When national conservatives flail at foreign policy

Daniel W. Drezner, Professor of International Politics at the Fletcher School of Law and Diplomacy at Tufts University

Natcons have not handled Russia’s invasion of Ukraine terribly well.

As a close observer of the ideas industry, one of the more amusing aspects of the past six years has been watching national conservative intellectuals try to reverse-engineer a coherent philosophy to Donald Trump’s immature impulses. It has mostly been a bust. To be fair, however, Trump’s rise did have one interesting effect on the GOP’s intellectual edifice: it cast out neoconservative foreign policy hawks.

In bashing the Iraq war and then winning the GOP nomination, Trump’s biting critique of the Iraq war in particular and neoconservative foreign policy pronouncements in general caused a sea change in GOP discourse. Trump’s worldview was grounded in more reactionary, nationalist, Jacksonian impulses. Sometimes this meant a more dovish approach toward U.S. adversaries, although just as often it meant acting unilaterally and/or incoherently, since Trump’s national security team was not always on board with his policies.

This has left the GOP’s foreign policy discourse in something of a mess. A motley crew of paleoconservatives, traditional conservatives, right-wing economic populists, and Trump grifters have attempted to reorient Republican foreign policy toward their more insular worldview. They have partially succeeded in areas like trade and immigration.

With Russia’s invasion of Ukraine, however, it appears that national conservatives have met their own version of the war in Iraq. Many of them pooh-poohed the idea of a war occurring prior to the invasion, and many others pooh-poohed the very idea of Ukrainian statehood. Even after the invasion began, some Republicans defended Vladimir Putin while sympathizers of national conservatism argued that the war itself did not undercut the ideas animating their movement.

Five weeks later, polling shows most Americans oppose Putin’s invasion of its sovereign neighbor. Americans support U.S. efforts to bolster Ukraine’s defenses, helped in no small part by Ukraine proving to be more stalwart on the battlefield than many expected (due in no small part to assistance from NATO countries). At the same time Americans want to avoid a wider war with Russia. In other words, the mass American public is pretty prudent.

In response, national conservatives are left… well, sounding pretty weird to be honest.

This topic has been Jacob Heilbrunn’s beat for some time now, and in his latest for Politico he reports on “a self-described ‘emergency’ meeting organized by the Trumpian wing of the GOP to grapple with the political fallout from Russian President Vladimir Putin’s invasion of Ukraine.”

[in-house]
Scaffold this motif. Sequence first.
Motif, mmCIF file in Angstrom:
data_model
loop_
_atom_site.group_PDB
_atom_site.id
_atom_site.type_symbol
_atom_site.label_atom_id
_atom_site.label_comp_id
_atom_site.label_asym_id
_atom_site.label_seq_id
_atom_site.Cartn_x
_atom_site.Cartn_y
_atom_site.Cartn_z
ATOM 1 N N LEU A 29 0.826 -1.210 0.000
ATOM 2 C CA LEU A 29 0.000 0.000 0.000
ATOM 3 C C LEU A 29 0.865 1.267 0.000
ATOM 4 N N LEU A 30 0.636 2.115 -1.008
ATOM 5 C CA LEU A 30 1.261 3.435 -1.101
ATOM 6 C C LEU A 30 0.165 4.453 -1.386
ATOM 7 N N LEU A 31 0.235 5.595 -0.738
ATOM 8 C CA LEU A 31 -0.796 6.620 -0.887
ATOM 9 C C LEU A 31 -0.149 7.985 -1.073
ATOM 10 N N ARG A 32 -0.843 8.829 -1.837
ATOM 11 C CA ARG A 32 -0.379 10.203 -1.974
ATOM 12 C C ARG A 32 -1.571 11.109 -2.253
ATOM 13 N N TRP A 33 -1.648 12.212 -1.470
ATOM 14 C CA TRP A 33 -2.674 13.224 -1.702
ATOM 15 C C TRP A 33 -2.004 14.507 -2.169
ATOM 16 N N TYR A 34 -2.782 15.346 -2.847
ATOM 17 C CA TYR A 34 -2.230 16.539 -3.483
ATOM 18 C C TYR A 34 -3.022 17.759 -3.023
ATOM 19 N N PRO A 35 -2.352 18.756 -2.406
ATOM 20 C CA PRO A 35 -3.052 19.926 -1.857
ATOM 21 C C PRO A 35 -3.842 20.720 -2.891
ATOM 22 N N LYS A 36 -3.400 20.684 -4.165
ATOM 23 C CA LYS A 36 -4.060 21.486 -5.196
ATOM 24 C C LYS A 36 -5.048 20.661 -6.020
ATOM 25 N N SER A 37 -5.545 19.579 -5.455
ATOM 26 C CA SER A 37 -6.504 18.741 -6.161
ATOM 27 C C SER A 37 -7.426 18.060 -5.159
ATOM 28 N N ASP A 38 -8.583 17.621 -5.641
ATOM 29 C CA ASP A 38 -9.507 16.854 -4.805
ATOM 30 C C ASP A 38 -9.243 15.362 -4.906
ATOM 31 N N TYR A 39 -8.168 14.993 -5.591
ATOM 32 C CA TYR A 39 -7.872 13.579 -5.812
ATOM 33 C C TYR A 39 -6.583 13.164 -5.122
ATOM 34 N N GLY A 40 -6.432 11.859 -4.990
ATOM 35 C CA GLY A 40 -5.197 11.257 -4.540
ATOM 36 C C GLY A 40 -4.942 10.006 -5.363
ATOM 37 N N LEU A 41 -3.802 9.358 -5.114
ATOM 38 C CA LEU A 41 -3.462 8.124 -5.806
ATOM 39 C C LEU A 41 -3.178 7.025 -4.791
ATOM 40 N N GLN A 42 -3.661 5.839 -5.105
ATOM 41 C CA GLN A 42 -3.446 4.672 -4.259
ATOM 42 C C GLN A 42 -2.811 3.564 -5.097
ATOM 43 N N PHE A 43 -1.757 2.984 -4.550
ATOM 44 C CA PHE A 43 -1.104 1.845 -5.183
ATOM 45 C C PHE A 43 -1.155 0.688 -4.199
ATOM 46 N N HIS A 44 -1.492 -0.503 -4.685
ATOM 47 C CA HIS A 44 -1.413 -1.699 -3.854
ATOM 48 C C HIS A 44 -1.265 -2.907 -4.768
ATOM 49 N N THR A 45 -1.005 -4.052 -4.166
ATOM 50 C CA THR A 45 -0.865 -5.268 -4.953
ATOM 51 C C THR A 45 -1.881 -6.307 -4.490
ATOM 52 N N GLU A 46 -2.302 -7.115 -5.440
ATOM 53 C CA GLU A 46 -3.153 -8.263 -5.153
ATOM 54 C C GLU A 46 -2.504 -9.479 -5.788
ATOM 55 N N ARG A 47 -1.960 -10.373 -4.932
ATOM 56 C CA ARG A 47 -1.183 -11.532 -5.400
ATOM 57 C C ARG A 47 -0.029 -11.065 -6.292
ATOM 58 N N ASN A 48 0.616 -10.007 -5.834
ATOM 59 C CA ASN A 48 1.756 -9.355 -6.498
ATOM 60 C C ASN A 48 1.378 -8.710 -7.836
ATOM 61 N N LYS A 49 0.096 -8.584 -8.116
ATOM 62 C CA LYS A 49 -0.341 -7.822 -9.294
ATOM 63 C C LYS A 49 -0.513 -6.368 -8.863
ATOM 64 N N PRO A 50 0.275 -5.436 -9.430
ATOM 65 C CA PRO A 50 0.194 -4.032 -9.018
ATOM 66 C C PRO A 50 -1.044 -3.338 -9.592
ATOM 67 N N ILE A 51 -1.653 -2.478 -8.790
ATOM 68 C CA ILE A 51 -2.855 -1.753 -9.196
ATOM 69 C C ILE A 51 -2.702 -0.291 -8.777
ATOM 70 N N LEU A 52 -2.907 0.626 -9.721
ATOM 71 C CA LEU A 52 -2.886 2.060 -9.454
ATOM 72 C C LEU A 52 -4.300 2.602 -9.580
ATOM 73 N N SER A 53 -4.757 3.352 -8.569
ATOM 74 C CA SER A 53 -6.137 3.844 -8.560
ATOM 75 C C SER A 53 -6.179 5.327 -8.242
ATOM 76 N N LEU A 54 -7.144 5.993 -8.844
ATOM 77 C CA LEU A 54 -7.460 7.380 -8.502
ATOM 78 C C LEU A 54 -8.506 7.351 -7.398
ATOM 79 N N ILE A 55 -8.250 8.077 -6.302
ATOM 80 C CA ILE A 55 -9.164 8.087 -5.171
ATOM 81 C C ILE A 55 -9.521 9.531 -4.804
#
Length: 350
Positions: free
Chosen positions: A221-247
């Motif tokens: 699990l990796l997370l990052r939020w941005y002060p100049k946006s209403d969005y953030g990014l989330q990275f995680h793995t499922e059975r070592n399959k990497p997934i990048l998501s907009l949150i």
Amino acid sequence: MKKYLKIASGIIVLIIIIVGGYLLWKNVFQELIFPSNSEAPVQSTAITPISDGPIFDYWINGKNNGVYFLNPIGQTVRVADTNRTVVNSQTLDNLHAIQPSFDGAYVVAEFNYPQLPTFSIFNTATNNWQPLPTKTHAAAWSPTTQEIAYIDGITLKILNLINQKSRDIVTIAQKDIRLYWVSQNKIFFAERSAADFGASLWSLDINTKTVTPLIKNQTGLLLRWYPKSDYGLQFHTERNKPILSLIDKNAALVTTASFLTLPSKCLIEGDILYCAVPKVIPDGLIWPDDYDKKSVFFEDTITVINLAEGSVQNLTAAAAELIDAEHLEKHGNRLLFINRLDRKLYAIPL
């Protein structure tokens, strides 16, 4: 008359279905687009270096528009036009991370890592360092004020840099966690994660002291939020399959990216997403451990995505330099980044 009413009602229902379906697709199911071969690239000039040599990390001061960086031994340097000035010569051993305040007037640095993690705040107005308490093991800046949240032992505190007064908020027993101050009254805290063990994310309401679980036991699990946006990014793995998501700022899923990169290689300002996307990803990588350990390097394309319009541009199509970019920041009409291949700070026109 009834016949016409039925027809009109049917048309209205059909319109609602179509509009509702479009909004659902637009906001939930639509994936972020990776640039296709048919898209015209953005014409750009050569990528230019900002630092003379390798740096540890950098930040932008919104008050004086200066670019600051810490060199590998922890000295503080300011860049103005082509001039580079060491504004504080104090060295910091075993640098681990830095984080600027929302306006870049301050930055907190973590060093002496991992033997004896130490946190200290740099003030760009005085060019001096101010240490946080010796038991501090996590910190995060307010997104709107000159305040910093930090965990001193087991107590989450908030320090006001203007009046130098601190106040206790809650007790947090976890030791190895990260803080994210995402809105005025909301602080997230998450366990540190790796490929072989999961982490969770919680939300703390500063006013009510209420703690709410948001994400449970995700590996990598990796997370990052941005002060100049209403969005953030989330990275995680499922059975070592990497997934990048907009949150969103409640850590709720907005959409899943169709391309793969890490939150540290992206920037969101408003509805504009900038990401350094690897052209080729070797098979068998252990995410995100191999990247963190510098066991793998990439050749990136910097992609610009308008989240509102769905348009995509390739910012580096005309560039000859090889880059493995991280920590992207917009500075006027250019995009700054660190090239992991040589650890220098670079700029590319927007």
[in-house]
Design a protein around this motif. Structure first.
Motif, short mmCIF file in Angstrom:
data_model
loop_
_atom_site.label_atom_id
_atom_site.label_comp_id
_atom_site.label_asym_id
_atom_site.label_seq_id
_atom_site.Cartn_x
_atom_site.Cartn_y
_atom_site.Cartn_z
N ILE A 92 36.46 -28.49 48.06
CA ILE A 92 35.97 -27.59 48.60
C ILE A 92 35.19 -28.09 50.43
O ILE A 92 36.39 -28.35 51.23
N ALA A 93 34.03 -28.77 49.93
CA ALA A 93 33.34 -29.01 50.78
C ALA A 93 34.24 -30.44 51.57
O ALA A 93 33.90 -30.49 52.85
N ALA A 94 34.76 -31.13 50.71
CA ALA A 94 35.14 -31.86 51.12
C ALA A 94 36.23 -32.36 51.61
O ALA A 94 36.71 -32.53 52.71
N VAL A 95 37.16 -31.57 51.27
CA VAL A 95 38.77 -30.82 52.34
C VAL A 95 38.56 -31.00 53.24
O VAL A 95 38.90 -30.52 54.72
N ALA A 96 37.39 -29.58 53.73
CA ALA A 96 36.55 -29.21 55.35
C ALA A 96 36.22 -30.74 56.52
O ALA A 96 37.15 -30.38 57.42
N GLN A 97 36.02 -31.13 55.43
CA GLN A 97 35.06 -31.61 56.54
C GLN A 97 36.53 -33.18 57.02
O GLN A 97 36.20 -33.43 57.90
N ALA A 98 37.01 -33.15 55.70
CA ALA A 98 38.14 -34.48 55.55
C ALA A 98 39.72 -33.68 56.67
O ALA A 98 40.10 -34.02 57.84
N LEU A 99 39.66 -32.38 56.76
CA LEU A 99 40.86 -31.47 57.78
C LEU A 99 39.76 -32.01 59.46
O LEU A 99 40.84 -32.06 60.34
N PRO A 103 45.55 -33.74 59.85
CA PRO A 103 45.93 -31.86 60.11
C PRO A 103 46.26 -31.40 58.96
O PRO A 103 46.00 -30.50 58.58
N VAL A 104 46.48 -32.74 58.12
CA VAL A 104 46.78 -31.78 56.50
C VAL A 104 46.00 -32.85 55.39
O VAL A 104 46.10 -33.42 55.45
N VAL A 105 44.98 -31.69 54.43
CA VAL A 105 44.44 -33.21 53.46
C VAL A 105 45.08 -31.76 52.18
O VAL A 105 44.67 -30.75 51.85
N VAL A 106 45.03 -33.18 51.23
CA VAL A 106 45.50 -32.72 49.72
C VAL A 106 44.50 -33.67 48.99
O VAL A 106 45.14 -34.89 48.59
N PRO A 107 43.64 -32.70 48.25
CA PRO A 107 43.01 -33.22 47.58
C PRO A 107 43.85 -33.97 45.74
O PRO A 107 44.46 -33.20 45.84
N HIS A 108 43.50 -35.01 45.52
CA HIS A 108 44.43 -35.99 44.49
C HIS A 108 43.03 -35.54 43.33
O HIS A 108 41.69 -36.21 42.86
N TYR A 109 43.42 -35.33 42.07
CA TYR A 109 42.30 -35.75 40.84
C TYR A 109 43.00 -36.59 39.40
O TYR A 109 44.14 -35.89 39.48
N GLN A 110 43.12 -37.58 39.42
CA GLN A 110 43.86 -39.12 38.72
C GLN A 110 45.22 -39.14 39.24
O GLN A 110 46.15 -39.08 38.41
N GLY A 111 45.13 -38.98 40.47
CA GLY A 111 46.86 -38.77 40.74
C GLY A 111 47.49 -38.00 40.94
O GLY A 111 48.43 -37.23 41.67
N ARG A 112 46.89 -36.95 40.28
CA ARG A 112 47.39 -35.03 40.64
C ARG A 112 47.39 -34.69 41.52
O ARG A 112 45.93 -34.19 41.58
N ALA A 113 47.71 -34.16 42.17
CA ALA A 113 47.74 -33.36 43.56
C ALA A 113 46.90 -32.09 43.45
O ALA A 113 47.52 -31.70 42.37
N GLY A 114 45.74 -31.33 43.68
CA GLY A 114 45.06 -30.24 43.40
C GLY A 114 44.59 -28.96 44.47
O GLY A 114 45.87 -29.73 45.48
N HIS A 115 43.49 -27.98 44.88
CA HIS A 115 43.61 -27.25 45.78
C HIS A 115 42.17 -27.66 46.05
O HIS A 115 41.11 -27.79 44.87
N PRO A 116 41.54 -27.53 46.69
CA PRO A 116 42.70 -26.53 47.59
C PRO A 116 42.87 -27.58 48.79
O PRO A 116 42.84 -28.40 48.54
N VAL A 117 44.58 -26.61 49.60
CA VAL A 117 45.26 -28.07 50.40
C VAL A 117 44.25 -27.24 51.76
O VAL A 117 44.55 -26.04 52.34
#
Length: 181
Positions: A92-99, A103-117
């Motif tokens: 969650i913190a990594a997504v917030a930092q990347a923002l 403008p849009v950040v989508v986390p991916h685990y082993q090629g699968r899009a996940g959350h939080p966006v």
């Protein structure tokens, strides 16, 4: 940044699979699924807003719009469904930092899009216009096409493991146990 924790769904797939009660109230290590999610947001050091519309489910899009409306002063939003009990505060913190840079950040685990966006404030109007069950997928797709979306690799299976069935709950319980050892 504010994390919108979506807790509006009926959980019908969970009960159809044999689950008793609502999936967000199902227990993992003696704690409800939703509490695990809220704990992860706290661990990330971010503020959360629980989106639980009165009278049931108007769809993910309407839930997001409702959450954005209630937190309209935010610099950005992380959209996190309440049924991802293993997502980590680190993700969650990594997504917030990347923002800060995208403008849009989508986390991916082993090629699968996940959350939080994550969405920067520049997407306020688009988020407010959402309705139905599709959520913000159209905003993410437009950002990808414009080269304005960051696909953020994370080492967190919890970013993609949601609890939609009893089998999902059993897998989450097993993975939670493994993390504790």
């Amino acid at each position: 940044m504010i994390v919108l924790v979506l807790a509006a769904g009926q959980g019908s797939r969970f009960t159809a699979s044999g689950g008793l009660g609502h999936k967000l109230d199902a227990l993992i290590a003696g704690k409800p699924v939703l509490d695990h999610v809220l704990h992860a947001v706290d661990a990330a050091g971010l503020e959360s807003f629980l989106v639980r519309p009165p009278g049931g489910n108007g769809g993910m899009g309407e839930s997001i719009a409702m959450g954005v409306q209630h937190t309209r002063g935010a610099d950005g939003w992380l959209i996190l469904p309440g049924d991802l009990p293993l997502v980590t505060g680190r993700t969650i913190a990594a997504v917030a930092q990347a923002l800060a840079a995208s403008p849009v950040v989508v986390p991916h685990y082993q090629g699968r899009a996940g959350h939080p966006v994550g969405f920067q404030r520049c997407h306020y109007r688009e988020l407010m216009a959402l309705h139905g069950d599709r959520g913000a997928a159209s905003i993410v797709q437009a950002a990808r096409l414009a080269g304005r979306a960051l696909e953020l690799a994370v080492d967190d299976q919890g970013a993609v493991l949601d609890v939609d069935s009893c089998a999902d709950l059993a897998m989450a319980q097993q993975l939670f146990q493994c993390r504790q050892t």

The problem, as Heilbrunn notes, is that national conservatives do not have much to say about Russia’s invasion of Ukraine: “it was notable that at the conference, speaker after speaker targeted the GOP hawks more often than they spoke about Ukraine itself. Indeed, Kyiv itself was essentially MIA — serving more as a proxy for a dispute about America nationhood than about the country’s own fate as it’s mercilessly pummeled by Putin.” Their actual suggestions about Ukraine ranged from acquiescing to all of Putin’s demands to ignoring the conflict altogether.

That last gambit is understandable, given that some of their statements sit oddly with the moment at hand. For example, one recent statement declared “The crisis created by Russia’s war on Ukraine demands de-escalation, not imperial aggrandizement and schemes of regime change.” I completely agree, except that it is very difficult to de-escalate when Putin’s imperial aspirations and desire for regime change in Ukraine persists. Russian war crimes will also complicate any future pathway to peace as well.

National conservatism mostly boils down to a “but he fights” style of politics. I therefore suspect that they will be reluctant to swallow any of the following hard truths: They were wrong about Vladimir Putin as conservative savior. Their cautionary warning about too much escalation is hardly unique to their tribe and therefore not terribly distinctive. Their savior Donald Trump keeps asking Putin for political dirt on President Biden, which seems treason-adjacent. Finally, it turns out that the neoconservative warnings about Trump as foreign policy disaster held up well.

I take national conservatives at their word that they want de-escalation in Ukraine. But I am also quite sure they want de-escalation so they can avoid further difficult conversations about their own foreign policy misperceptions and delusions.

This piece is republished from The Washington Post.

Leave a Reply